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Beauty Specialist Lakiesha Jones Shares Fountain of Youth in Time for Holidays

Face it. Chances are you’ll be up-close and personal at some point with people who “knew you then” during this 2023-2024 holiday season and putting your best foot – or best face – forward is at the top of your wish list.

Youth being the order of the day, before you face all of those critical relatives who have to comment on how you look, whether it’s weight gain or wrinkles, you can stun the holiday crowd with a one-hour  transformation that is a true treat.

For women of a certain age – say Baby Boomers or even Millennials and Generations X,Y and Z – facial spas, sculpting, and molding were once treatments for only the privileged, and not on every woman’s to-do-list. But putting your best face forward is always the way to lead.

Lakiesha Jones, a family nurse practitioner and owner of Flawless Imperfections is providing a state-of-the-art facial service, better known “the lunch hour facelift,” for women who want to enhance their appearance through the process of micro threading. Essentially instead of going under the knife to get that contoured youthful look, a growing number of women are opting for less invasive procedures to reduce the lines and lift sagging facial features.

“We’re not talking about makeup, hair and a full glam team, just the opposite. I get to greet the world makeup free now greet the world with a fresh clean rejuvenated face, free of makeup and masking, while you navigate all of the holiday hurdles.

Jones credits her medical training and background with providing the foundation for helping her establish her business in the health and beauty space.

“I always tell people nursing is not just a science, it is an art. So when you’re dealing with aesthetics, you also have to understand your anatomy and physiology which is the science behind nursing, but you also have the art of contouring. So when I’m dealing with PDO threads, fillers or even botox, you have to have a keen eye for tweaking the process and minimize or even eradicate those facial imperfections.”

The adage, “We feel better when we look better,” is one not just based in mother wit, it’s a fact, and taking care of our looks goes a long way to shoring up confidence and motivating people to extend themselves socially and professionally.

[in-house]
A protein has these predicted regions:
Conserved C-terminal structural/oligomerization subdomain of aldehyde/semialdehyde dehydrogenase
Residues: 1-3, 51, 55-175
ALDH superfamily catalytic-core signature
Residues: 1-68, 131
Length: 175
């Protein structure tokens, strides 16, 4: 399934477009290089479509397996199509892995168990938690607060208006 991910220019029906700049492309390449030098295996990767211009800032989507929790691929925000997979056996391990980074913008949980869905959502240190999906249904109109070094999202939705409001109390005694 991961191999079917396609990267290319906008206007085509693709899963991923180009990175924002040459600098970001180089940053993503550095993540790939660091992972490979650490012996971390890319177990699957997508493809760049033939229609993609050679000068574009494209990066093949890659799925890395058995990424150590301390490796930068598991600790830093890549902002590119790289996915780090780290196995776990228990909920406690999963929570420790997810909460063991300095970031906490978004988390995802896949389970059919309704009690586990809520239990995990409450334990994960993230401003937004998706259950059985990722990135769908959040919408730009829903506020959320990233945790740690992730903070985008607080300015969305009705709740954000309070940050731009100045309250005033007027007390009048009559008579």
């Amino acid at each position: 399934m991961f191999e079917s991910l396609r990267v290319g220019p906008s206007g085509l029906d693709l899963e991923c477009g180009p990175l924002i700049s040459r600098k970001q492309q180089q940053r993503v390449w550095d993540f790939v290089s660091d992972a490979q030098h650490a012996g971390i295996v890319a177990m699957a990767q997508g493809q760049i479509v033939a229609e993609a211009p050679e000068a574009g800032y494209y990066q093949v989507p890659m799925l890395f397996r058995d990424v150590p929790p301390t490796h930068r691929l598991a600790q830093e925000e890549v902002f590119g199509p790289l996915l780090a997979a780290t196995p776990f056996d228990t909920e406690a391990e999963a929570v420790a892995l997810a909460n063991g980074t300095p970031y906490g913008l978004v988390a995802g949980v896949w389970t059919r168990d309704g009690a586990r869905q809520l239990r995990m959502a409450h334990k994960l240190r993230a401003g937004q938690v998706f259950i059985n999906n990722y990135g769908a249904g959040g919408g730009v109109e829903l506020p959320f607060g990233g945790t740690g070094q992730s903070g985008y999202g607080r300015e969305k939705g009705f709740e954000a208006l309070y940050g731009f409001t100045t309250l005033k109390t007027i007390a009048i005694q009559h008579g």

“It’s basically a matter of balancing that beauty out. That’s what beauty is … equal symmetry. That’s the upside-down triangle shape, where your face is broader at the top and narrower at the bottom in the chin area.”

Given her lawless medical credentials, Jones might have easily joined one of the larger and more traditional plastic surgery practices, but she says she felt there was a bias there. “I found that they were typically [servicing] your 120 lb. blond hair, blue-eyed client. … Typically when you walk in you don’t see people who look like us [providing services]. People like full-figure curvaceous women of color, or even Middle Eastern women and people of other ethnicities other than European.”

Jones explained that more melanated skin often requires different treatment, than those with less melanin. “you have to look at the texture of skin and you have to look at the elasticity of the skin.They are different in Black women and White women, and that’s just a fact.”

Flawless Imperfections real claim to fame though lies in its subtlety and discretion. The “lunch hour facial” made popular in New York appealed to working women who could afford to escape for an hour to look and feel happier, and return to work after lunch will little or no notice that they had any facial procedures done.

“This is self-care. My objective is for you to look like your goal.  You don’t necessarily have to freeze the aging process … or focus on imperfections, imperfections are not flaws.”

If beauty is in the eye of the beholder, Jones’ is a visionary, committed to seeing the outcomes from the clients’ perspective says you can’t dictate to clients and impose your personal beauty aesthetics when practicing facial contouring and enhancement.

“When someone comes to me and wants to make adjustments [to their faces], they sometimes unsure of what they really want other than to just look better. That’s another important role, helping them define what beauty looks like and means to them,” explains the compassionate and ebullient Jones.

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